Still today, when the US government runs out of money, it issues bonds, many of which are purchased by the Federal Reserve, which in turn charges interest to the US government. The Federal Reserve purchases these bonds from its member banks, using credit it has created out of thin air. This has the same effect as printing money. Profits generated by the Federal Reserve are distributed to its private shareholders. J.W. McCallister, an oil industry insider with House of Saud (ruling party of Saudi Arabia) connections, wrote in The Grim Reaperthat information he acquired from Saudi bankers cited 80 percent ownership of the New York Federal Reserve Bank—by far the most powerful the Federal Reserve branches—is associated with just eight families, four of which reside in the United States. They are: the Goldman Sachs, Rockefellers, Lehmans, and Kuhn Loebs of New York; the Rothschilds of Paris and London; the Warburgs of Hamburg; the Lazards of Paris; and the Israel Moses Sieffs of Rome.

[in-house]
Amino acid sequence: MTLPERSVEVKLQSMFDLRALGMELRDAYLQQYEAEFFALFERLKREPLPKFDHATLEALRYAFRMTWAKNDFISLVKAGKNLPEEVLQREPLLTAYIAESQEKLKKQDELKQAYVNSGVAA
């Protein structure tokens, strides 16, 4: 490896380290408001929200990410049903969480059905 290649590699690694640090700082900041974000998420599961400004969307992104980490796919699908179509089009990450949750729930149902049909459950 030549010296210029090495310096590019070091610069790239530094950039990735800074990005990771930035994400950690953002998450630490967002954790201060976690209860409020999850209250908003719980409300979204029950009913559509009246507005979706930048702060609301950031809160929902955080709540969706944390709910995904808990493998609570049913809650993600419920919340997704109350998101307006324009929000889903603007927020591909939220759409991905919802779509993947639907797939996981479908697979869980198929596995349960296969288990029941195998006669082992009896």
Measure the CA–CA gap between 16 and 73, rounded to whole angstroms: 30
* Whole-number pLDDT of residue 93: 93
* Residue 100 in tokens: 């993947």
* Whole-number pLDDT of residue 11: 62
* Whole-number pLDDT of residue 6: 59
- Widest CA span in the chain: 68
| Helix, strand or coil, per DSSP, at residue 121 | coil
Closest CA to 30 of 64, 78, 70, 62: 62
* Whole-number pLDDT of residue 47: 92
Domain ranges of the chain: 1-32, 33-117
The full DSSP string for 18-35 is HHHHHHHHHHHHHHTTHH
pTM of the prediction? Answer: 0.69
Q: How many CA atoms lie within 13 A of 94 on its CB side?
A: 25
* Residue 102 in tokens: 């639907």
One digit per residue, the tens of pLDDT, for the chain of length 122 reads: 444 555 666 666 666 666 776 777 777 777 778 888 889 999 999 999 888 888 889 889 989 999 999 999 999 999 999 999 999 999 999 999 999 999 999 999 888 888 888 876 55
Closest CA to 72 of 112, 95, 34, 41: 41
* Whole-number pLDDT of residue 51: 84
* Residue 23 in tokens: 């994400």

Where does all the trillions of dollars come from that the Federal Reserve is lending the US government? Who approves establishing the electronic basis for doing so? Why is it that the paper currency of the United States is inscribed with the words Federal Reserve Note, when the Federal Reserve is neither federal, a bank, nor has reserves? Yet, every attempt since 1963 to look into the monetary affairs of the Federal Reserve has been rebuked. There has been a lot of talk, but no action from politicians, for maybe obvious reasons. The power of central bankers doesn’t end at the Federal Reserve. The central banks of other countries, the International Monetary Fund, and the World Bank are examples of institutions established to expand the control and flow of money worldwide.